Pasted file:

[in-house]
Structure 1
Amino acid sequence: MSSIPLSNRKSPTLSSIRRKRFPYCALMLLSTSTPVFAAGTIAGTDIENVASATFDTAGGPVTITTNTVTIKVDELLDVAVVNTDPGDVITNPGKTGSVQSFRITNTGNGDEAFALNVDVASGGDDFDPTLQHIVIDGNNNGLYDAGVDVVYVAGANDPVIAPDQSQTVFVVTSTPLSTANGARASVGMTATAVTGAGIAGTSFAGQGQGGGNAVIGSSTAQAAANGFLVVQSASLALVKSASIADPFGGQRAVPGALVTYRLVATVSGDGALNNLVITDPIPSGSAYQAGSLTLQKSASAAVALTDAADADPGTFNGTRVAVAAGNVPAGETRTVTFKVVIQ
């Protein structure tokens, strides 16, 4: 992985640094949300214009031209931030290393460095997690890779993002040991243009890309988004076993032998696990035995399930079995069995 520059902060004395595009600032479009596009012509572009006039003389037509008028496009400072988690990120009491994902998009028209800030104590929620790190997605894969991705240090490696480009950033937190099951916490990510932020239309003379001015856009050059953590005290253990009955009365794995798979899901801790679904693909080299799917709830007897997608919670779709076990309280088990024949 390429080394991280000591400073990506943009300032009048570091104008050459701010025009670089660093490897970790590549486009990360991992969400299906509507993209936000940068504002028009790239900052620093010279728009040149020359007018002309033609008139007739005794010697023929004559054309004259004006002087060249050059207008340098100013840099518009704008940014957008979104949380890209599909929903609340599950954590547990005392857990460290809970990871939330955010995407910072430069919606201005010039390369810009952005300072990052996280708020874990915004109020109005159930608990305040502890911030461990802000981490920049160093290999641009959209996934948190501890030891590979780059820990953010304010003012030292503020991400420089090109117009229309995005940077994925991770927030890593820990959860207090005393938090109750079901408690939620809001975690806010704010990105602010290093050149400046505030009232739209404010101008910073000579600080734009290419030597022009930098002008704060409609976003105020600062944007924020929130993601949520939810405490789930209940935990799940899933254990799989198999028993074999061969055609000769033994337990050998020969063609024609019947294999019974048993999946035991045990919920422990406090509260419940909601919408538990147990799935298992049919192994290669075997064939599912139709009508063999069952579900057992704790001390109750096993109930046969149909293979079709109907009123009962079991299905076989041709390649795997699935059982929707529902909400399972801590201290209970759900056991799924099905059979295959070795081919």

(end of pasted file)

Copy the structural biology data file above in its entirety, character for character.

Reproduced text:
[in-house]
Structure 1
Amino acid sequence: MSSIPLSNRKSPTLSSIRRKRFPYCALMLLSTSTPVFAAGTIAGTDIENVASATFDTAGGPVTITTNTVTIKVDELLDVAVVNTDPGDVITNPGKTGSVQSFRITNTGNGDEAFALNVDVASGGDDFDPTLQHIVIDGNNNGLYDAGVDVVYVAGANDPVIAPDQSQTVFVVTSTPLSTANGARASVGMTATAVTGAGIAGTSFAGQGQGGGNAVIGSSTAQAAANGFLVVQSASLALVKSASIADPFGGQRAVPGALVTYRLVATVSGDGALNNLVITDPIPSGSAYQAGSLTLQKSASAAVALTDAADADPGTFNGTRVAVAAGNVPAGETRTVTFKVVIQ
């Protein structure tokens, strides 16, 4: 992985640094949300214009031209931030290393460095997690890779993002040991243009890309988004076993032998696990035995399930079995069995 520059902060004395595009600032479009596009012509572009006039003389037509008028496009400072988690990120009491994902998009028209800030104590929620790190997605894969991705240090490696480009950033937190099951916490990510932020239309003379001015856009050059953590005290253990009955009365794995798979899901801790679904693909080299799917709830007897997608919670779709076990309280088990024949 390429080394991280000591400073990506943009300032009048570091104008050459701010025009670089660093490897970790590549486009990360991992969400299906509507993209936000940068504002028009790239900052620093010279728009040149020359007018002309033609008139007739005794010697023929004559054309004259004006002087060249050059207008340098100013840099518009704008940014957008979104949380890209599909929903609340599950954590547990005392857990460290809970990871939330955010995407910072430069919606201005010039390369810009952005300072990052996280708020874990915004109020109005159930608990305040502890911030461990802000981490920049160093290999641009959209996934948190501890030891590979780059820990953010304010003012030292503020991400420089090109117009229309995005940077994925991770927030890593820990959860207090005393938090109750079901408690939620809001975690806010704010990105602010290093050149400046505030009232739209404010101008910073000579600080734009290419030597022009930098002008704060409609976003105020600062944007924020929130993601949520939810405490789930209940935990799940899933254990799989198999028993074999061969055609000769033994337990050998020969063609024609019947294999019974048993999946035991045990919920422990406090509260419940909601919408538990147990799935298992049919192994290669075997064939599912139709009508063999069952579900057992704790001390109750096993109930046969149909293979079709109907009123009962079991299905076989041709390649795997699935059982929707529902909400399972801590201290209970759900056991799924099905059979295959070795081919």